The seven-year-old economic recovery in the U.S. real GDP is one of the longest recoveries in the past 100 years. Some would argue that by this duration alone, we are due for an economic slowdown. However, real gross domestic product (real GDP) increased at an annual rate of 3.2 percent in the third quarter of 2016 according to the “second” estimate released by the Bureau of Economic Analysis (BEA). This is the largest quarterly increase in the annual rate since the third quarter of 2014. In addition, the recent trend is positive as the annual rate of growth in the second quarter of 2016 was 1.4 percent and 0.8% in the first quarter. Overall in 2016, some economic data points have shown some weakness and others have shown mixed results throughout the year. Regardless of the soft patches, the recent real GDP level and trend would not seem to indicate that the current recovery is over just yet. How much longer can it last?
More recently, the Federal Reserve’s Beige Book (Federal Reserve Bank summary and analysis of economic activity and conditions as reported by the twelve Federal Reserve Districts) release reported that seven regional Fed districts were growing at a modest or moderate pace. This is a decline from 11 Fed districts in the previous release. In November, the unemployment rate continued to decline and dropped again from 4.9% to 4.6%. However, average hourly earnings in November dropped by 0.1% which was far below last month’s 0.4% rise. Nonetheless, the annual increase in average hourly earnings growth was at 2.5%. Given the duration of the economic recovery and recent economic growth measures, where does this take us in 2017?
For 2017, mainstream economists expect that real GDP growth will continue to be moderate with most expectations around the 2.0% area for the annual U.S. real GDP growth rate. However, following the U.S. presidential election, many expect 2.0% growth to be the minimum possibility as president elect Donald Trump plans to cut taxes and spend more on infrastructure. The initial response of U.S. capital markets would indicate that these measures will certainly have a strong economic growth impact along with the possibility of higher inflation. Is it reasonable to expect that these measures will pass through Congress in full, be implemented, and have an impact on 2017 economic growth? Going back to the beginning of this article, can the length of this economic recovery continue to extend and grow even faster? Would higher interest rates counteract the economic growth boost from proposed tax cuts and infrastructure spending plans?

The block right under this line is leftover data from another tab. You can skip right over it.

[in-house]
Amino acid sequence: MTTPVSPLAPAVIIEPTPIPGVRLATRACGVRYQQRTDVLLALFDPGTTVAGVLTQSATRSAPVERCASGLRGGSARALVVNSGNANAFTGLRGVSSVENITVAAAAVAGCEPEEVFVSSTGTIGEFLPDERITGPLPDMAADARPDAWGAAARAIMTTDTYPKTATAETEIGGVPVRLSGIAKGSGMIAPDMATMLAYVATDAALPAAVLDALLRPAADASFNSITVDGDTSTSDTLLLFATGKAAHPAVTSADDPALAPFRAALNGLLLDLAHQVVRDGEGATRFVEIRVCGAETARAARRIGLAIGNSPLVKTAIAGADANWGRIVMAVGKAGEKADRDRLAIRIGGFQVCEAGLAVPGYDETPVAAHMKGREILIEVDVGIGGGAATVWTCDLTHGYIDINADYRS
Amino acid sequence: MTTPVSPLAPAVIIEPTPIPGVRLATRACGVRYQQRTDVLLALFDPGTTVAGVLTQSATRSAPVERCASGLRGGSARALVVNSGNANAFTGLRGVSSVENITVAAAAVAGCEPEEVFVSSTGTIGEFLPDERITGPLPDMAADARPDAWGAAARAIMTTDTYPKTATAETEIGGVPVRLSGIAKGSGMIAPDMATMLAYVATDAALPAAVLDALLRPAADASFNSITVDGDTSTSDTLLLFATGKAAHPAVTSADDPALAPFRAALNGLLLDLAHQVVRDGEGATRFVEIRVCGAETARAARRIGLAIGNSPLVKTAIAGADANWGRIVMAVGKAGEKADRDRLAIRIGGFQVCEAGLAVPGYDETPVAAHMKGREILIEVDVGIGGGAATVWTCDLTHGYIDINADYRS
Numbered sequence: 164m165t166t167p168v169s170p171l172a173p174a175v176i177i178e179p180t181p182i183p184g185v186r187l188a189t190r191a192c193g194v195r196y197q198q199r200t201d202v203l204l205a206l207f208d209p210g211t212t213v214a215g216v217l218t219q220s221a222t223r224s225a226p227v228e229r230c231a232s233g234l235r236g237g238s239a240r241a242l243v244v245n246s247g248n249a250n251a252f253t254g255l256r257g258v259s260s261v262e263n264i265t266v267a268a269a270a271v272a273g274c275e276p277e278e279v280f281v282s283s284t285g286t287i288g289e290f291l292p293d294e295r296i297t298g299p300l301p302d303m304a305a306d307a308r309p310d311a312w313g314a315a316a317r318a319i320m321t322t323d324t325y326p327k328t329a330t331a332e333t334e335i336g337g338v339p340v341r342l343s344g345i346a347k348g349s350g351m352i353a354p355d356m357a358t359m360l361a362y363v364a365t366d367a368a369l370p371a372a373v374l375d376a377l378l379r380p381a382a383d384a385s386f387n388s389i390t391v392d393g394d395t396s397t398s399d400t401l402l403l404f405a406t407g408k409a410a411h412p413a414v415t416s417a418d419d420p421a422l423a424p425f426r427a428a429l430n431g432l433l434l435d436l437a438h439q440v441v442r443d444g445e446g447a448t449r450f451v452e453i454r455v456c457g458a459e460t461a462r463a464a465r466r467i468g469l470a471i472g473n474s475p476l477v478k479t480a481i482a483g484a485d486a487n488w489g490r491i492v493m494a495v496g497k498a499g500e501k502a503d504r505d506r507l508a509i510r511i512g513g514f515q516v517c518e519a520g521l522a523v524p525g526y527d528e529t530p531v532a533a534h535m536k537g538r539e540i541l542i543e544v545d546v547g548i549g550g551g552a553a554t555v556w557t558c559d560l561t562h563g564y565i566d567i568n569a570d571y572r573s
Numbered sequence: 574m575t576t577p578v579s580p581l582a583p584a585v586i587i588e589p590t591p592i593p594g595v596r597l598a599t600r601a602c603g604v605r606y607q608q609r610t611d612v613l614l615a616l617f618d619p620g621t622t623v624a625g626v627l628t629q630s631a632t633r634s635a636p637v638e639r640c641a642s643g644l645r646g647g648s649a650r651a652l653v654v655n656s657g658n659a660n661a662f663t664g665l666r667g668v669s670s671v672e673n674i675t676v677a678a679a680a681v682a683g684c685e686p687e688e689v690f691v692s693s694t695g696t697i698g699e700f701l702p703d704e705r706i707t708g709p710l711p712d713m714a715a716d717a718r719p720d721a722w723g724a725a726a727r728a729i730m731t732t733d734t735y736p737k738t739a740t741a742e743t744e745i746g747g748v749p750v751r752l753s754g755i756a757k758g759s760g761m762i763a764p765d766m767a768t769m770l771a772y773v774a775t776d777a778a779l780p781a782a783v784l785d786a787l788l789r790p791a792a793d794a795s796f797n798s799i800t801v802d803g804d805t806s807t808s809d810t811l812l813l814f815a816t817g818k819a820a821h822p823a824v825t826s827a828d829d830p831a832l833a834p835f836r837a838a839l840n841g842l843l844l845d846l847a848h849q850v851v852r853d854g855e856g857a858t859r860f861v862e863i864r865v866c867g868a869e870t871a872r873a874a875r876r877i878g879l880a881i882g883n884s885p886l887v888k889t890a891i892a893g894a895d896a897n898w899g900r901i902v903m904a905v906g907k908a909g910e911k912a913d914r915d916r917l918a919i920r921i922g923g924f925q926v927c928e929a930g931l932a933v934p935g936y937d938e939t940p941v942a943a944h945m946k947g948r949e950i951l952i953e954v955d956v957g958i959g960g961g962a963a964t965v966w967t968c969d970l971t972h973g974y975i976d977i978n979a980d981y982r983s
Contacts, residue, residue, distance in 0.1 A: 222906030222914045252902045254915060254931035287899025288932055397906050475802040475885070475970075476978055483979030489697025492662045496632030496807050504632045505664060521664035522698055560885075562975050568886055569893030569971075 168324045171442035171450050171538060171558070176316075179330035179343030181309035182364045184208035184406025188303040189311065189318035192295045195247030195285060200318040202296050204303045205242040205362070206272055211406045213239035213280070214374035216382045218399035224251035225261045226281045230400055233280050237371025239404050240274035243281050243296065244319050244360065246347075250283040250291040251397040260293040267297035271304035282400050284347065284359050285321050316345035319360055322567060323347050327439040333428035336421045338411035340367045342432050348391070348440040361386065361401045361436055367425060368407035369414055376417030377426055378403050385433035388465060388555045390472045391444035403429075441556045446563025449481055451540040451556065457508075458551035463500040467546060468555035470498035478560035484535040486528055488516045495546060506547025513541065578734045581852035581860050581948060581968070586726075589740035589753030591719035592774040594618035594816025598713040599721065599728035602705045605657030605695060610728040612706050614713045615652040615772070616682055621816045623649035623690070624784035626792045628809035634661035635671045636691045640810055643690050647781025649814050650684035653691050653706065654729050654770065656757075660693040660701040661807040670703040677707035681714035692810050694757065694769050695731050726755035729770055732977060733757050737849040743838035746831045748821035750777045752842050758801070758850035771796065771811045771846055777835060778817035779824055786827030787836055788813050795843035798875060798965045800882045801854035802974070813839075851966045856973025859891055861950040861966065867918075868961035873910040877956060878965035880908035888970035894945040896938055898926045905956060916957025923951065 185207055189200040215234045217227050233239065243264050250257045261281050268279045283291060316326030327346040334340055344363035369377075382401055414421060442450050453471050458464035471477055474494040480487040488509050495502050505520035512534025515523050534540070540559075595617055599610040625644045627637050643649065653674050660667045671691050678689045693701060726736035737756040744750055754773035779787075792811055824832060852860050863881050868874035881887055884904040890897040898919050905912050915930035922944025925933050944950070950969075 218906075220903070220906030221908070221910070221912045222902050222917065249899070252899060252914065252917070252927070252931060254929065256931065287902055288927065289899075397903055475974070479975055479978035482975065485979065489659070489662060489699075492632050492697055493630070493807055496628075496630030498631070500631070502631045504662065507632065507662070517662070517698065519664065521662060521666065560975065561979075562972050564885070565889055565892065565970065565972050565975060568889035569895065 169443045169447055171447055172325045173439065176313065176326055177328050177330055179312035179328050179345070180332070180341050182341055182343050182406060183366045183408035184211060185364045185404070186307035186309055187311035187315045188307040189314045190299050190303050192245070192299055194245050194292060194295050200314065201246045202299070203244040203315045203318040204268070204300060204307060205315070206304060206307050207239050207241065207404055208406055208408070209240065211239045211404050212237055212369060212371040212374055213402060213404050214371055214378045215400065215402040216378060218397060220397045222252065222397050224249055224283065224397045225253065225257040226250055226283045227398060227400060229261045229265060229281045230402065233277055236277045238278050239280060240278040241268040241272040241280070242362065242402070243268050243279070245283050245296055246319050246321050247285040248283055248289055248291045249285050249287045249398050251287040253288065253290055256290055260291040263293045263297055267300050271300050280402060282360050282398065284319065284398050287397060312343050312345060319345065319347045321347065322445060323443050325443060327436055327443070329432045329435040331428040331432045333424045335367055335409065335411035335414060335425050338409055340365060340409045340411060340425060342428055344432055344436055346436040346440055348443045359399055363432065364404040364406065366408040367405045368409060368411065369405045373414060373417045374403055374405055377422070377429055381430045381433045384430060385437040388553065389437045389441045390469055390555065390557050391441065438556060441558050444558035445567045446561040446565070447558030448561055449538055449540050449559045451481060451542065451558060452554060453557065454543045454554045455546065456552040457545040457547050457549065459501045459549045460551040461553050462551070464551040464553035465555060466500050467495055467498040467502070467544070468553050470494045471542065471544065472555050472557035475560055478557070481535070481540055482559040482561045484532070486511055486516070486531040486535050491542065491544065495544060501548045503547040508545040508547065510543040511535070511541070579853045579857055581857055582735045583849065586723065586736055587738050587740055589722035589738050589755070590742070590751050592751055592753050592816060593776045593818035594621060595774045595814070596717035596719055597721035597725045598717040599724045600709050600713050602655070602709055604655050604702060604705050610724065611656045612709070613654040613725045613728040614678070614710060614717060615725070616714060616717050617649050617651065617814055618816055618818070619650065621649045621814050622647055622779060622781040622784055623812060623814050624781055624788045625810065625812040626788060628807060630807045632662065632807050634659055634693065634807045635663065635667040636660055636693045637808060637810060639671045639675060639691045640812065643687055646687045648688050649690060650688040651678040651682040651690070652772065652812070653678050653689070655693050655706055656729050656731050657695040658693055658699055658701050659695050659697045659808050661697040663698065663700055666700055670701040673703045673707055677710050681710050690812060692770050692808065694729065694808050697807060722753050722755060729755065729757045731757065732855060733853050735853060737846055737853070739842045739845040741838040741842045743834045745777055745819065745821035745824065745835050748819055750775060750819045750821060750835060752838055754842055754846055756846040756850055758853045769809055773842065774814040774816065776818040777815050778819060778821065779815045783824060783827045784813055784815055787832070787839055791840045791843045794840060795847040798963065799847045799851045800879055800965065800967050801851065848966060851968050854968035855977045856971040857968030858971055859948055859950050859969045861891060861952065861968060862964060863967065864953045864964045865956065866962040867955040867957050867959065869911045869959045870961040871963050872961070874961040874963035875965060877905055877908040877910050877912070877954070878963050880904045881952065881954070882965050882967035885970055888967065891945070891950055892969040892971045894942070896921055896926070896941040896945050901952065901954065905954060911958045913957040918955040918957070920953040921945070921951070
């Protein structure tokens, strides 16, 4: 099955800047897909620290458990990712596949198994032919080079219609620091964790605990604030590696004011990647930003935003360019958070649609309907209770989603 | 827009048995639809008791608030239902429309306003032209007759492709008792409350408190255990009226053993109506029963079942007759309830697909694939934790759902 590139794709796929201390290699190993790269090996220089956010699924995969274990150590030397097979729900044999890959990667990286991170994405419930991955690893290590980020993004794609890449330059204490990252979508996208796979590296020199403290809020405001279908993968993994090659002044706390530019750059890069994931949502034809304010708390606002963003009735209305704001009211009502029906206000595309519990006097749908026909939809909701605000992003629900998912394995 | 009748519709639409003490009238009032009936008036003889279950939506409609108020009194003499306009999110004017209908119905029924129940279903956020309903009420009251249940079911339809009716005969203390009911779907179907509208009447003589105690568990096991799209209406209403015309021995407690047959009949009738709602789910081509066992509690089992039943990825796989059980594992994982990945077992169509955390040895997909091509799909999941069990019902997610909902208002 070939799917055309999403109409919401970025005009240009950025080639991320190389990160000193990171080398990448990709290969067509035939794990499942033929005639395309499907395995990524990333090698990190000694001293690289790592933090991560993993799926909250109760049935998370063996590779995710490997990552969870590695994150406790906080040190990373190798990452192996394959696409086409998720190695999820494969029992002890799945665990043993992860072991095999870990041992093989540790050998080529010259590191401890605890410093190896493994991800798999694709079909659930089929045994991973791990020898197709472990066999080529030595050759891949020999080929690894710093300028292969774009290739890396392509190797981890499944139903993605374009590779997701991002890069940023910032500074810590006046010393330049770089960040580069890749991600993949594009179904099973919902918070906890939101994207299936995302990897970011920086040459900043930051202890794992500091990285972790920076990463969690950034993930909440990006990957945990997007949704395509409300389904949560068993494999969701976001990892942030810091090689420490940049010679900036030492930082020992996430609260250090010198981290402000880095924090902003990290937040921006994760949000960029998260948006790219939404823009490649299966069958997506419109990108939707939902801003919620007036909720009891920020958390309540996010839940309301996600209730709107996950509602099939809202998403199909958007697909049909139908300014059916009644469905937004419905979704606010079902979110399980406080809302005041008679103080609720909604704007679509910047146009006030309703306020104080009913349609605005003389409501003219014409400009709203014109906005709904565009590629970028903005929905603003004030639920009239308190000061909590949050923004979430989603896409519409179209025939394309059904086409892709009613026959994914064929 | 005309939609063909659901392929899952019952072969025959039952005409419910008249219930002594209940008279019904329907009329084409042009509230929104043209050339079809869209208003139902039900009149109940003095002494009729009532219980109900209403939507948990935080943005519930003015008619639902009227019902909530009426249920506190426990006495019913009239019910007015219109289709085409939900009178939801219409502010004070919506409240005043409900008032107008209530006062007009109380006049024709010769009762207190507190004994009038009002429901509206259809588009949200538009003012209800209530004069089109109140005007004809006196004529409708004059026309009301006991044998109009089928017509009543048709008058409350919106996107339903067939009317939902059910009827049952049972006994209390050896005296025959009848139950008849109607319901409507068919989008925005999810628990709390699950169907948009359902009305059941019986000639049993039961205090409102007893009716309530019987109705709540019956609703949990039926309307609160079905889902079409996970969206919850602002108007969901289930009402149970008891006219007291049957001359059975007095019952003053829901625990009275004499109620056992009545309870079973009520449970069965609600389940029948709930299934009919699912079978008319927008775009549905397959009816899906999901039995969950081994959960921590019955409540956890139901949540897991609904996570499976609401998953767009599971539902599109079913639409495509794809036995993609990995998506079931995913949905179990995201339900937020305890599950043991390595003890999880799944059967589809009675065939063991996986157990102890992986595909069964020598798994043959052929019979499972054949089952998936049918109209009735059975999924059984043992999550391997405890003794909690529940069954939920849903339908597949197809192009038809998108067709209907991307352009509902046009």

Throughout the first half of 2016, the U.S. Treasury curve flattened with the ten-year U.S. Treasury bond yield declining to as low as 1.37% in early July. Since that time, the ten-year bond yield has moved decidedly higher with a large portion of the increase following the U.S. presidential election. The surge in yields following the U.S. presidential election has been attributed to the anticipation of federal government tax cuts and infrastructure spending. The move upward in U.S. Treasury yields has been very substantial by historical measures with the ten-year U.S. Treasury bond yield at 2.45% at the beginning of December 2016. At the time of this writing, markets are fully expecting the Federal Reserve Bank to increase the Federal Funds target rate at its December 2016 meeting. In addition, expectations are now increasing for the possibility of at least two increases to the Federal Funds target rate in 2017 and possibly more.
Have U.S. Treasury yields finally bottomed, and are they now heading significantly higher over the intermediate and long term? Based on the recent move and expectations of federal government fiscal stimulus, there is certainly a case to be made that we have seen the low in U.S. Treasury yields. On the other hand, could such expectations be premature given that president elect Donald Trump is not even in office yet? Also, what about the current length of the recovery mentioned above and the capacity for consumer spending and borrowing to continue increasing?
Either way, the recent move in U.S. Treasury yields certainly provides a preview, if not the beginning, to the path of higher rates. Even though the low interest rate environment has now persisted for seven years, credit unions need to be highly mindful of the possibility that it could finally be over. The recent move warrants analysis of the behavior of balance sheet characteristics such as the market valuation of fixed rate mortgages, loan prepayment speeds, and mortgage refi activity to name a few. Credit unions need to continue analyzing the risks of sustainably higher rates, but continue to pay some acknowledgement to the possibility that it is a false start and the risks of that scenario. As stated in previous newsletters, there has possibly been no greater time in recent decades than the current to have a heightened awareness of the credit union’s interest rate risk profile in consideration of not only higher rates, but the possibility that the recent move is a false start.